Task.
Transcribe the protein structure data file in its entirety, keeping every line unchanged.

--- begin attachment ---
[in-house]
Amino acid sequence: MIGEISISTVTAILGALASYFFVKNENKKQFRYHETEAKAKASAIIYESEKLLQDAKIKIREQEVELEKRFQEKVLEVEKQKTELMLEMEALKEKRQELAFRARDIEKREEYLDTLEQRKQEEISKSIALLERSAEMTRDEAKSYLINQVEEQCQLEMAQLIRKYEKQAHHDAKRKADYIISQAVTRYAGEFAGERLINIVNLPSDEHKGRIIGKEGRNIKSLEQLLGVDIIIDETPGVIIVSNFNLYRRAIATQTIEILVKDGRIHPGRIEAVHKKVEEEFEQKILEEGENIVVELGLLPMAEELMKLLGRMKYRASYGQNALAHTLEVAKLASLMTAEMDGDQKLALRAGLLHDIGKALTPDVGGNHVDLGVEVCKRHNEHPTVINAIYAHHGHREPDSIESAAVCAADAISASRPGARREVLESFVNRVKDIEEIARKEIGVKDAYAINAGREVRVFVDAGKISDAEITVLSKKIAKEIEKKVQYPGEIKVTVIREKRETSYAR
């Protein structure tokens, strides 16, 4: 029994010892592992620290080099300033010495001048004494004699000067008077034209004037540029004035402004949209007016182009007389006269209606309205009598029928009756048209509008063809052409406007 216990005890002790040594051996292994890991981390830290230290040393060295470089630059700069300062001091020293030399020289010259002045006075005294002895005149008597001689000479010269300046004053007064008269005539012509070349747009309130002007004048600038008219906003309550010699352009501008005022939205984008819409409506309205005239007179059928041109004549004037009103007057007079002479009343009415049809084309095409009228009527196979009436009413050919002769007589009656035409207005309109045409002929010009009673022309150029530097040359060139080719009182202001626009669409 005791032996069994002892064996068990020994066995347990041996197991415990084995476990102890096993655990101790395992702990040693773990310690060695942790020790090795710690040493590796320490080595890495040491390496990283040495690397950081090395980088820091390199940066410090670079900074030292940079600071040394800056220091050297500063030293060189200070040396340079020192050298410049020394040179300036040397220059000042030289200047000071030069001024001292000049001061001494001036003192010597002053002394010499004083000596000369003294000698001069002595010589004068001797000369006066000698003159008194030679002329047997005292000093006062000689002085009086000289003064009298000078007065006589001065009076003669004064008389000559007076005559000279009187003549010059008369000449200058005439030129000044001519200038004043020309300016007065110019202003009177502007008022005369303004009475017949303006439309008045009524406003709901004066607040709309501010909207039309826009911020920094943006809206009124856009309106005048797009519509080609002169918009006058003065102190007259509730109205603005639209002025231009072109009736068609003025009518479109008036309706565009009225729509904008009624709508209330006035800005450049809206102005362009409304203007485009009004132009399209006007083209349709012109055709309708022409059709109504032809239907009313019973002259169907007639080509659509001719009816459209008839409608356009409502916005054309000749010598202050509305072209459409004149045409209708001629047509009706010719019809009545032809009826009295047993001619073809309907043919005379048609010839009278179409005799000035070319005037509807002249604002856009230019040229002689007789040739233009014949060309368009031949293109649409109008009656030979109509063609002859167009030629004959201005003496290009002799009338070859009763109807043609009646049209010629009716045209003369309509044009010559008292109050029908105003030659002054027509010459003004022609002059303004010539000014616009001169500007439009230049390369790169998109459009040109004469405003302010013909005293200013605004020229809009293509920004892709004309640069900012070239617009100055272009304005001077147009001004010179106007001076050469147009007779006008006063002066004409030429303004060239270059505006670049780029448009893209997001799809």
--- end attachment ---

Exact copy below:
[in-house]
Amino acid sequence: MIGEISISTVTAILGALASYFFVKNENKKQFRYHETEAKAKASAIIYESEKLLQDAKIKIREQEVELEKRFQEKVLEVEKQKTELMLEMEALKEKRQELAFRARDIEKREEYLDTLEQRKQEEISKSIALLERSAEMTRDEAKSYLINQVEEQCQLEMAQLIRKYEKQAHHDAKRKADYIISQAVTRYAGEFAGERLINIVNLPSDEHKGRIIGKEGRNIKSLEQLLGVDIIIDETPGVIIVSNFNLYRRAIATQTIEILVKDGRIHPGRIEAVHKKVEEEFEQKILEEGENIVVELGLLPMAEELMKLLGRMKYRASYGQNALAHTLEVAKLASLMTAEMDGDQKLALRAGLLHDIGKALTPDVGGNHVDLGVEVCKRHNEHPTVINAIYAHHGHREPDSIESAAVCAADAISASRPGARREVLESFVNRVKDIEEIARKEIGVKDAYAINAGREVRVFVDAGKISDAEITVLSKKIAKEIEKKVQYPGEIKVTVIREKRETSYAR
């Protein structure tokens, strides 16, 4: 029994010892592992620290080099300033010495001048004494004699000067008077034209004037540029004035402004949209007016182009007389006269209606309205009598029928009756048209509008063809052409406007 216990005890002790040594051996292994890991981390830290230290040393060295470089630059700069300062001091020293030399020289010259002045006075005294002895005149008597001689000479010269300046004053007064008269005539012509070349747009309130002007004048600038008219906003309550010699352009501008005022939205984008819409409506309205005239007179059928041109004549004037009103007057007079002479009343009415049809084309095409009228009527196979009436009413050919002769007589009656035409207005309109045409002929010009009673022309150029530097040359060139080719009182202001626009669409 005791032996069994002892064996068990020994066995347990041996197991415990084995476990102890096993655990101790395992702990040693773990310690060695942790020790090795710690040493590796320490080595890495040491390496990283040495690397950081090395980088820091390199940066410090670079900074030292940079600071040394800056220091050297500063030293060189200070040396340079020192050298410049020394040179300036040397220059000042030289200047000071030069001024001292000049001061001494001036003192010597002053002394010499004083000596000369003294000698001069002595010589004068001797000369006066000698003159008194030679002329047997005292000093006062000689002085009086000289003064009298000078007065006589001065009076003669004064008389000559007076005559000279009187003549010059008369000449200058005439030129000044001519200038004043020309300016007065110019202003009177502007008022005369303004009475017949303006439309008045009524406003709901004066607040709309501010909207039309826009911020920094943006809206009124856009309106005048797009519509080609002169918009006058003065102190007259509730109205603005639209002025231009072109009736068609003025009518479109008036309706565009009225729509904008009624709508209330006035800005450049809206102005362009409304203007485009009004132009399209006007083209349709012109055709309708022409059709109504032809239907009313019973002259169907007639080509659509001719009816459209008839409608356009409502916005054309000749010598202050509305072209459409004149045409209708001629047509009706010719019809009545032809009826009295047993001619073809309907043919005379048609010839009278179409005799000035070319005037509807002249604002856009230019040229002689007789040739233009014949060309368009031949293109649409109008009656030979109509063609002859167009030629004959201005003496290009002799009338070859009763109807043609009646049209010629009716045209003369309509044009010559008292109050029908105003030659002054027509010459003004022609002059303004010539000014616009001169500007439009230049390369790169998109459009040109004469405003302010013909005293200013605004020229809009293509920004892709004309640069900012070239617009100055272009304005001077147009001004010179106007001076050469147009007779006008006063002066004409030429303004060239270059505006670049780029448009893209997001799809």